In FIG. 2G, a second source application 235 is provided below the source application 230 (e.g., a web browser application or any application). For including a data item corresponding to an image 282 in a second drag session associated with the different source application 235, the electronic device 110 may detect a second initial touch input based on the user's finger 290 touching the touchscreen 210 of the electronic device 110. For example, a touch input may be a long touch gesture detected based on the user's finger 290 touching the image 282 for a predetermined period of time. Responsive to the touch input, the electronic device 110 may include the image 282 as part of a second new drag session. The image 282 may be a representation of a data item stored on the electronic device 110 and/or on the server 120 or the server 122, such as an image file, a sound file, etc.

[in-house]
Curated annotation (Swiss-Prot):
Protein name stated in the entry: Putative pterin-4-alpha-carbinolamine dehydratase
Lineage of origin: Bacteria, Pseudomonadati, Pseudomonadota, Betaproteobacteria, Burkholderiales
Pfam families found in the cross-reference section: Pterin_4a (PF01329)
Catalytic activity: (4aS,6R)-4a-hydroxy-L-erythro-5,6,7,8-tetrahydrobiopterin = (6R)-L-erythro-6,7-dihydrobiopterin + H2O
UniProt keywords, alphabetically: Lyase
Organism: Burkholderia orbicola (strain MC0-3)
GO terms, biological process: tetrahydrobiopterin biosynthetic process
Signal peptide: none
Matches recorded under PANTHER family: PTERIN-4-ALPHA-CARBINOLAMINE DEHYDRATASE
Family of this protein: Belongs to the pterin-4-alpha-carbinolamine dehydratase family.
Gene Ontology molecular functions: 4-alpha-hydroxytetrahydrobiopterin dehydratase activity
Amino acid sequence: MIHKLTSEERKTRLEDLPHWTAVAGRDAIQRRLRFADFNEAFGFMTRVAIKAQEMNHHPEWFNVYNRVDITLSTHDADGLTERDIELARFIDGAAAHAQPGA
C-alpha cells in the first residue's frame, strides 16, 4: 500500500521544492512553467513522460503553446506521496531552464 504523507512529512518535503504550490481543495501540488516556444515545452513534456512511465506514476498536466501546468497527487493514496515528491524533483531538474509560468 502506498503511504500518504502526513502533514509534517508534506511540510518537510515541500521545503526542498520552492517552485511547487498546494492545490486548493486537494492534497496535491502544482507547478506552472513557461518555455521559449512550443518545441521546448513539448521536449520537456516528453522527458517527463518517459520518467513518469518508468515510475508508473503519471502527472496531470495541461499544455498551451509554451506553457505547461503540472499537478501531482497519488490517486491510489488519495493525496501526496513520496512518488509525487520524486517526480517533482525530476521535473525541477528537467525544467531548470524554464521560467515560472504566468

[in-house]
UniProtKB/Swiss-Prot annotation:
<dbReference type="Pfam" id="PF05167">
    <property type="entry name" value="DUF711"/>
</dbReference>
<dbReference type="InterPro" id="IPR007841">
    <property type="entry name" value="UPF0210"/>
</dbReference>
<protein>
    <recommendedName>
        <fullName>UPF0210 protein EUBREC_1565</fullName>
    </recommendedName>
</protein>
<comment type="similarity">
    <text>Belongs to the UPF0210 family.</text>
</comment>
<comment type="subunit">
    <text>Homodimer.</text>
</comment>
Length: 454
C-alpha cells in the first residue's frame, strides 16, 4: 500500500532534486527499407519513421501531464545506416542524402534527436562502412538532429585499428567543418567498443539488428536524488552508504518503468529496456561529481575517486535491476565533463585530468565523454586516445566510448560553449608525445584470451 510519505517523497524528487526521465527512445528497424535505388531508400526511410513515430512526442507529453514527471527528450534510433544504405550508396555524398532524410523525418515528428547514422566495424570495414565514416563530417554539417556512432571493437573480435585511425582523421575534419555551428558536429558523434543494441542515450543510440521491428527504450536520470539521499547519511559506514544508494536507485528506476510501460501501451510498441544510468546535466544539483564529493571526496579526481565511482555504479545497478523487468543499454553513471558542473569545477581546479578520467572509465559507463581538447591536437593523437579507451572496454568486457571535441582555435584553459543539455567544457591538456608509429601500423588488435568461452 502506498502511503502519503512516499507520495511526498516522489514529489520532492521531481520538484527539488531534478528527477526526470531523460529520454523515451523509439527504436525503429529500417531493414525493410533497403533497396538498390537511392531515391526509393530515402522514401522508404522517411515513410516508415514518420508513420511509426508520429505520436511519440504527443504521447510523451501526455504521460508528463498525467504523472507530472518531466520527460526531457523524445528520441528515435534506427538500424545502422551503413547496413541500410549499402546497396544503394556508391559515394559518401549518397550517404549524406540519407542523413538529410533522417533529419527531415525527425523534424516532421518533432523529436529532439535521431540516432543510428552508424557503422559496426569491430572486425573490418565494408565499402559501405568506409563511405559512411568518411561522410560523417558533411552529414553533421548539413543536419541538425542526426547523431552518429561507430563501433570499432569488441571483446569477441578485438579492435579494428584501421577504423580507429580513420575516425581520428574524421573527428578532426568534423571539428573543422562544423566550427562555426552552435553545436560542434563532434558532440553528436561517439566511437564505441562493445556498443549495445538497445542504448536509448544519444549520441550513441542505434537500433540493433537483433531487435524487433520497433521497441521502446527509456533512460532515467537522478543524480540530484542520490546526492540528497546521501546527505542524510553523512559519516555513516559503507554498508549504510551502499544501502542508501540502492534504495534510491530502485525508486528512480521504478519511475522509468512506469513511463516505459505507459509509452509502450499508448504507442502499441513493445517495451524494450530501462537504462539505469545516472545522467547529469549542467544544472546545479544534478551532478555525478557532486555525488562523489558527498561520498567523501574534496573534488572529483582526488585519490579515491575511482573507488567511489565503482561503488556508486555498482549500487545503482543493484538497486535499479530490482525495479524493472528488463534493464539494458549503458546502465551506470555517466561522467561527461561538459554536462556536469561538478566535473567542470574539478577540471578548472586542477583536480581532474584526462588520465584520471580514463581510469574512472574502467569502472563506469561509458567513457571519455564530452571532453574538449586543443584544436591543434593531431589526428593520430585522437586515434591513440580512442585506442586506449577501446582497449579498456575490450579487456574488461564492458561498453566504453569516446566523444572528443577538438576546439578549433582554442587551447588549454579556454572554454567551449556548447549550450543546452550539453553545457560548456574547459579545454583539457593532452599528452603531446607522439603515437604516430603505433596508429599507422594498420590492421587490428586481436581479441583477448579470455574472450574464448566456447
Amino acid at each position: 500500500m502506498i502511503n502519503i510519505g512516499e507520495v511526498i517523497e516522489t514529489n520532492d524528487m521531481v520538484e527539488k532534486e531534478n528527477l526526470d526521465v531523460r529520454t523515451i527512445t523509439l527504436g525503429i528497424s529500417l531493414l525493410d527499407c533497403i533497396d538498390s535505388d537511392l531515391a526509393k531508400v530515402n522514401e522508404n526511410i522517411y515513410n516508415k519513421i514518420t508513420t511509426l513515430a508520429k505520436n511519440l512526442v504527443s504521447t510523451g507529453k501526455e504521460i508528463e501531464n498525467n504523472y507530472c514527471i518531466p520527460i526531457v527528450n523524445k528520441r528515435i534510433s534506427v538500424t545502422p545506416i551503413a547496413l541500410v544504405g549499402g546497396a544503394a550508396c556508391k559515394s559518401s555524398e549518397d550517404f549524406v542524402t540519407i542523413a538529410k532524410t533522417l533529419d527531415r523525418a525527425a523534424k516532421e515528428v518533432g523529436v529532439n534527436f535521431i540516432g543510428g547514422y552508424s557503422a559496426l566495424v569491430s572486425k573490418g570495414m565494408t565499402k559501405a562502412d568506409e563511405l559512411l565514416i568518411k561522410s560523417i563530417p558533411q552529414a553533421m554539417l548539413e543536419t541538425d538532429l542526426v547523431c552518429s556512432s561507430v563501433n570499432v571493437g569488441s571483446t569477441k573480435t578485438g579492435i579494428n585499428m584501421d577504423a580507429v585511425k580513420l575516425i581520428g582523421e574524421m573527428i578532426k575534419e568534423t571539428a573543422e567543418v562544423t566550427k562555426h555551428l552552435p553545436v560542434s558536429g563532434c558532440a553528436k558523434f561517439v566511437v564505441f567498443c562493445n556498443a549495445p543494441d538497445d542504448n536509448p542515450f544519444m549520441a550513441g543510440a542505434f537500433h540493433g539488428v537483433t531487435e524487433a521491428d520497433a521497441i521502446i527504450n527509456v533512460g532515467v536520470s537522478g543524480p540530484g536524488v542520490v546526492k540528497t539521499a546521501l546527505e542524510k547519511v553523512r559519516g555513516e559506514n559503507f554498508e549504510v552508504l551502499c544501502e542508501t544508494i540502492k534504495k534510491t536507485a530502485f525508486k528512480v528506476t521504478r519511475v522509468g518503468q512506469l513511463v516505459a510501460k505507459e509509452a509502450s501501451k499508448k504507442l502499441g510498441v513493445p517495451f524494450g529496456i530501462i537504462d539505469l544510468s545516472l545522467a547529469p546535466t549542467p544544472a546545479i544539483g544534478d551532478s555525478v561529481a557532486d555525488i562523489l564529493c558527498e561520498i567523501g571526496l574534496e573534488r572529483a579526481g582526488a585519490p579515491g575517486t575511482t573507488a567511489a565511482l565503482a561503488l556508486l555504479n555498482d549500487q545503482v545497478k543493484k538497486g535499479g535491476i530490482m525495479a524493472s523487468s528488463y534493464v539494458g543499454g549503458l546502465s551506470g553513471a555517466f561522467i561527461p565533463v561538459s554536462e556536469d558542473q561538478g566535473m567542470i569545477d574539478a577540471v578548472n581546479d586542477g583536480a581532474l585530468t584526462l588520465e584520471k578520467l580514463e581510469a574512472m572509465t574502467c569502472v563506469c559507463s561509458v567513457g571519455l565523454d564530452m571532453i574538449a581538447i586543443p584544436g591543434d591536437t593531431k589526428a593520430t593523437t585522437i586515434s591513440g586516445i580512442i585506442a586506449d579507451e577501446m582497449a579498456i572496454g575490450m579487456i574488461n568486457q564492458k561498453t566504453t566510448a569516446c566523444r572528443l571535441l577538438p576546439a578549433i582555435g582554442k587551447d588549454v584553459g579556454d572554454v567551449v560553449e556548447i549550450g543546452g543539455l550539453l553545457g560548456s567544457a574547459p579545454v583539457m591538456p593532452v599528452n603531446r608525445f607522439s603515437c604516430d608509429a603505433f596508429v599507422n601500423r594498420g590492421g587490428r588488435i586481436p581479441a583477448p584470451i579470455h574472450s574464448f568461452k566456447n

The electronic device 110 may detect a first drag gesture caused by the user's finger 270 dragging across the touchscreen 210 of the electronic device 110. In this example, the drag gesture drags the image 220, as part of the first drag session, from the source application 230 to the destination application 240.

The electronic device 110 may detect a second drag gesture caused by the user's finger 290 dragging across the touchscreen 210 of the electronic device 110. In this example, the drag gesture drags a representation of the image 282, as part of the second drag session, from the source application 235 to the destination application 240.

As illustrated in FIG. 2H, the electronic device 110 detects the completion of the first drag gesture when the user's finger 270 is lifted from the touchscreen 210 of the electronic device 110. When the electronic device 110 detects the completion of the first drag gesture, the electronic device 110 determines whether the destination application 240 satisfies any security and/or data access policies associated with the data item corresponding to the image 220.